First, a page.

a) Elly to look all martyred because her kids want to play.
b) Elly at the beach spitting watermelon seeds.
c) Elly eating until she bursts.
d) John being a dick and ogling pretty girls.
(This, of course, leads us to the conclusion that it might be e: All of the above.)
Actually, it's none of the above: it's Elly not getting why a desirable change in Lizzie's surroundings upsets her. John is left to point out that small children fear abrupt change and love the comfortable. It should also be noted that Elly didn't think to acclimate Lizzie and abruptly sprang said change on her; she learned her lesson from this and very gradually got her used to the idea of a teal-and-lavender future.
Panel 1: We start today's proceedings in Lizzie's room; Elly, having put a big kid bed in Lizzie's room, encourages her to try it out. Lizzie looks reluctant.
Panel 2: Apparently, she took too long so Elly is trying to force her to do so; her response to this is to yell "Nizzie no go on bed."
Panel 3: Elly, obviously assuming that Lizzie has the same defective memory she does, reminds her that this is a big kid bed for her, that it's just like Michael's and that Lizzie sleep on big bed now.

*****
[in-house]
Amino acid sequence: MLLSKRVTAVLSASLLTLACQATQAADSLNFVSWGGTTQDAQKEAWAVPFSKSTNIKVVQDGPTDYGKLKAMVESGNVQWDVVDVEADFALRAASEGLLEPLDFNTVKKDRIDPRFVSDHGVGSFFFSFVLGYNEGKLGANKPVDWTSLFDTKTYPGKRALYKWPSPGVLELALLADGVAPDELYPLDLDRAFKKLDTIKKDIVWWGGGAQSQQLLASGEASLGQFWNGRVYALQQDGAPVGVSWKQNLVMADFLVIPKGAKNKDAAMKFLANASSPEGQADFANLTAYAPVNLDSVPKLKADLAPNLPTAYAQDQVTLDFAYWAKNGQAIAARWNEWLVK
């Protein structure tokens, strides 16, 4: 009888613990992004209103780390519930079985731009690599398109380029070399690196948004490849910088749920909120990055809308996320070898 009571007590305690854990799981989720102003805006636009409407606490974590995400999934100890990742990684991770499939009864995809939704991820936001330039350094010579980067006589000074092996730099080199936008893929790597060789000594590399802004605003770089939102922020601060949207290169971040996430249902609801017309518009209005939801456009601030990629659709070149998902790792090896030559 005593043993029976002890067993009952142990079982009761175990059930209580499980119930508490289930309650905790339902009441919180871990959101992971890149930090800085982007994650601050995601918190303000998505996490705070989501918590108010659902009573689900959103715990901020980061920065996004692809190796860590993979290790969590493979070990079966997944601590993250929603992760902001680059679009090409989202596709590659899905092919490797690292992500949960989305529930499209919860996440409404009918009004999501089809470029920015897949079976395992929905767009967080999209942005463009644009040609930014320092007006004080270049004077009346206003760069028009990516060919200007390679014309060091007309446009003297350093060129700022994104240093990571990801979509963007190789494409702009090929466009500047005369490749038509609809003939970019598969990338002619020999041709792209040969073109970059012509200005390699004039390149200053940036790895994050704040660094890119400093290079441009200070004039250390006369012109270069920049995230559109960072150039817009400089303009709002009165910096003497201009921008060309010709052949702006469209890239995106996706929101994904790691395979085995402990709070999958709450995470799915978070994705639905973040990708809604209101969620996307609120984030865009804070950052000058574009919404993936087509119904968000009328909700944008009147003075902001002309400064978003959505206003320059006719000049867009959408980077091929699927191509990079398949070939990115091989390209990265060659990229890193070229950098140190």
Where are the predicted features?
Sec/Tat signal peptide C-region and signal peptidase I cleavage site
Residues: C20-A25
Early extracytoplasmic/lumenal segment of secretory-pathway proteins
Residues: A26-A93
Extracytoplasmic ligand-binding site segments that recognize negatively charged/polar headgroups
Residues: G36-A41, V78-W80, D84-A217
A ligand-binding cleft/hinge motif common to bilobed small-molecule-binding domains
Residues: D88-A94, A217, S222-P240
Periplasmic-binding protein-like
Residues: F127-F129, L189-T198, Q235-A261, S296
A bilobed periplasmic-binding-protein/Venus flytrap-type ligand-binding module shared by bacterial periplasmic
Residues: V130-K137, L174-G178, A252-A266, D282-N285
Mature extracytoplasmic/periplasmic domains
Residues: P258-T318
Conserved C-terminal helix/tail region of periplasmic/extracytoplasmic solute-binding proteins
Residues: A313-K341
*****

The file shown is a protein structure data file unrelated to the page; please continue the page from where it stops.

Panel 4: She ignores her daughter's obvious discomfort as she sushes about how soft, comfy and cozy it is.
Panel 5: Her failure or, more likely, refusal to see that this sudden change terrifies her daughter leaves her unable to handle things when Lziie bursts into tears and yell "Me want baby bed."
Panel 6: She thus looks deflated when she tells John that Lizzie wouldn't even try that beautiful new bed.
Panel 7: She then asks John why it is that she prefers her old crib.
Panel 8: As we see her surrounded by her stuffed toys and familiar bars, John tells Elly that her crib is more comfortable.
Summary: Perhaps if Elly were to have put one or two of the stuffed toys in the bed, Lizzie might have tried it. Not that it matters; by tomorrow, Lizzie will have reverted to being 6 months old instead of being the 2 year old she is here.